Shelley's unwillingness to repudiate atheism precipitated a lasting rift between father and son. (Shelley's mother, as the poet noted in a letter to Hogg, was tolerant of his atheism: She "is quite rational--she says, 'I think prayer & thanksgiving is of no use. If a man is a good man, atheist or Xtian, he will do very well in whatever future state awaits us.'")
In 1814, Shelley's infamy mushroomed when he abandoned his wife, Harriet Westbrook, and their two children to elope with Mary Wollstonecraft Godwin, whom he married two years later after the forlorn Harriet drowned herself. Shelley was now ostracized throughout England, even by friends and family. He was "a herd-abandoned deer struck by the hunter's dart."
His alleged turpitude was regarded as a consequence of his atheism. Robert Southey, poet laureate of England, admonished his erstwhile prot'g': "Look to that evidence [for God] while you are yet existing in Time, and you may yet live to bless God for bringing you to a sense of your miserable condition. I can think of you only as of an individual whom I have known, and of whom I had once entertained high hopes."
After Harriet's death, Shelley was denied custody of his children. His atheism disqualified him for parenthood. The bill in chancery stated:
In critiquing his poems, reviewers substituted epithets for analysis. They branded him "degraded, unteachable, unamiable, querulous, and unmanly." He "perverted his ingenuity and knowledge to the attacking of all that is ancient and venerable in our civil and religious institutions." He was "a hideous blasphemer" who "indited pages of raving atheism." As Ellsworth Barnard notes in Shelley's Religion, the ad hominem attacks made "Shelley's name a byword among the majority of middle-class readers for nearly three decades after his death."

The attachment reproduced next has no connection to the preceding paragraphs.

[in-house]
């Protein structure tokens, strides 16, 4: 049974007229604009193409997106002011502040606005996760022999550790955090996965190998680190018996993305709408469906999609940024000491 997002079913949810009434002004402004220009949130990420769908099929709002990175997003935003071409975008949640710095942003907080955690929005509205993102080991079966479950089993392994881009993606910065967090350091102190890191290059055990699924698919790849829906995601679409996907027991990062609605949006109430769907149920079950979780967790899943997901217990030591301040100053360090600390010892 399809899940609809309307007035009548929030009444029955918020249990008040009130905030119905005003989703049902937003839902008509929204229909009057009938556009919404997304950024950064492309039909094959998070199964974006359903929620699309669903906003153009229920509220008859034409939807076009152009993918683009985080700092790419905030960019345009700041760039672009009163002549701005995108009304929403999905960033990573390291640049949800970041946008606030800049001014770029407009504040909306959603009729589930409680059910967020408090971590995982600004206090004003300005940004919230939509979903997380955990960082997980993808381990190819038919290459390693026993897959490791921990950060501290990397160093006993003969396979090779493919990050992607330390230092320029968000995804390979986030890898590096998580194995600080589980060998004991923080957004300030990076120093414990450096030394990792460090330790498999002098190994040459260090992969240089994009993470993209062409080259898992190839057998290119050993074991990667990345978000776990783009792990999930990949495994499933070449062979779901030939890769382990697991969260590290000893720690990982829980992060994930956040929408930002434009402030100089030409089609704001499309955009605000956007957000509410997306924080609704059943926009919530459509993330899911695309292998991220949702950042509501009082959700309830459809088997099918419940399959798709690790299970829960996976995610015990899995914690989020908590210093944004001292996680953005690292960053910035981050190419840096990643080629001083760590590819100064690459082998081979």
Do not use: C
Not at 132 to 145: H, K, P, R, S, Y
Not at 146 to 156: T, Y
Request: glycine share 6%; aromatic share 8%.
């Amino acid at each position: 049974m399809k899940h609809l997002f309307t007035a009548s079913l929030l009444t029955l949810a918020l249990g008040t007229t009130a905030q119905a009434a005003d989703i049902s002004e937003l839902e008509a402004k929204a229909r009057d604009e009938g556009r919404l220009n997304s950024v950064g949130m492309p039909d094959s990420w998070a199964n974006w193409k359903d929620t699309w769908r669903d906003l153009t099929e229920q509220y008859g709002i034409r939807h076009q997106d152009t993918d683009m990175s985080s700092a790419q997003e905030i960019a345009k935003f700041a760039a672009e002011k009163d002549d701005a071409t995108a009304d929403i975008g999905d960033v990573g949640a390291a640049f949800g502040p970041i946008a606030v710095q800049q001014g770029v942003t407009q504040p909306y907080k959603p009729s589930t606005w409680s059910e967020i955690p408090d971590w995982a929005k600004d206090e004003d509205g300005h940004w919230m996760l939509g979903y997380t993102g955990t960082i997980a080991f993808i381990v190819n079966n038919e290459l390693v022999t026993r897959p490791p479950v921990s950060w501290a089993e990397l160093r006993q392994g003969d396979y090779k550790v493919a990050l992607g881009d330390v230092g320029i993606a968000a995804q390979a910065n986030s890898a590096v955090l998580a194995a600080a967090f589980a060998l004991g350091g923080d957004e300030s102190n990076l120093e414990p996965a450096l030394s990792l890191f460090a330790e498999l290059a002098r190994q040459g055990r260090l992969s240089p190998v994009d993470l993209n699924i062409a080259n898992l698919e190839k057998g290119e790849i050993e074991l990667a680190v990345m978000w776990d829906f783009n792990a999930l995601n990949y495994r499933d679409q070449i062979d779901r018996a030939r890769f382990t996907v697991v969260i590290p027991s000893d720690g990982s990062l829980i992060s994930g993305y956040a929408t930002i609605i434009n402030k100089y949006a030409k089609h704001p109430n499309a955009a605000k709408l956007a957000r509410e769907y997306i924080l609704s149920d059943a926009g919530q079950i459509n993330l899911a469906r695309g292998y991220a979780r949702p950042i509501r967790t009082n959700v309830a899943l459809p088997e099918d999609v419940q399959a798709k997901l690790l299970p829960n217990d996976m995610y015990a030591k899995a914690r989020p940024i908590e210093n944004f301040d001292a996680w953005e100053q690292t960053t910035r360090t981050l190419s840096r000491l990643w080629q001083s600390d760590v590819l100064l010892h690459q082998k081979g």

In reality, Shelley was nothing like the b'te noir of public opinion. He was gentle, self-effacing, candid, sincere, courteous, generous, affectionate, idealistic. (He left Harriet because he deemed it immoral to live with a spouse when love had died.) In Portrait of Shelley, Newman Ivy White recounts the impression of an Englishman, William Baxter, who visited the poet in 1817, not long before Shelley moved to Italy, where he spent his final four years:
Shelley's tracts on religion aren't sensational or bombastic. They are erudite disquisitions tailored to reflective minds. They are grounded in Shelley's voluminous knowledge of philosophy, history, languages, literature, logic, and science. A true polymath, he was an omnivorous, fast, and extraordinarily retentive reader. The following three excerpts from A Refutation of Deism illustrate his manner. In the first, Shelley argues that a supernatural creator is an unnecessary hypothesis, a violation of Occam's razor:
In a second passage, Shelley notes that the putative attributes of God mirror human cognition, their source:
Finally, Shelley observes that widespread theism constitutes no evidence for the existence of God:
Like David Hume, Shelley held that belief in God derives from three sources: sensory experience, inferences therefrom, and testimony. None of these confirms the existence of a supernatural creator. Such was Shelley's belief when he was a schoolboy at Eton, where he acquired the enviable moniker "Shelley the Atheist"; such, presumably, was the belief he took to his grave.
Like many atheists, Shelley used the word "God" in a metaphorical sense. God was the "personification of human ideals"--the enduring quest for beauty, truth, love, freedom, wisdom, joy. God was also the universe or the totality of natural phenomena. Because of his ecstatic effusions on nature, Shelley is sometimes labeled a pantheist. He, more honest or accurate, preferred his Eton moniker.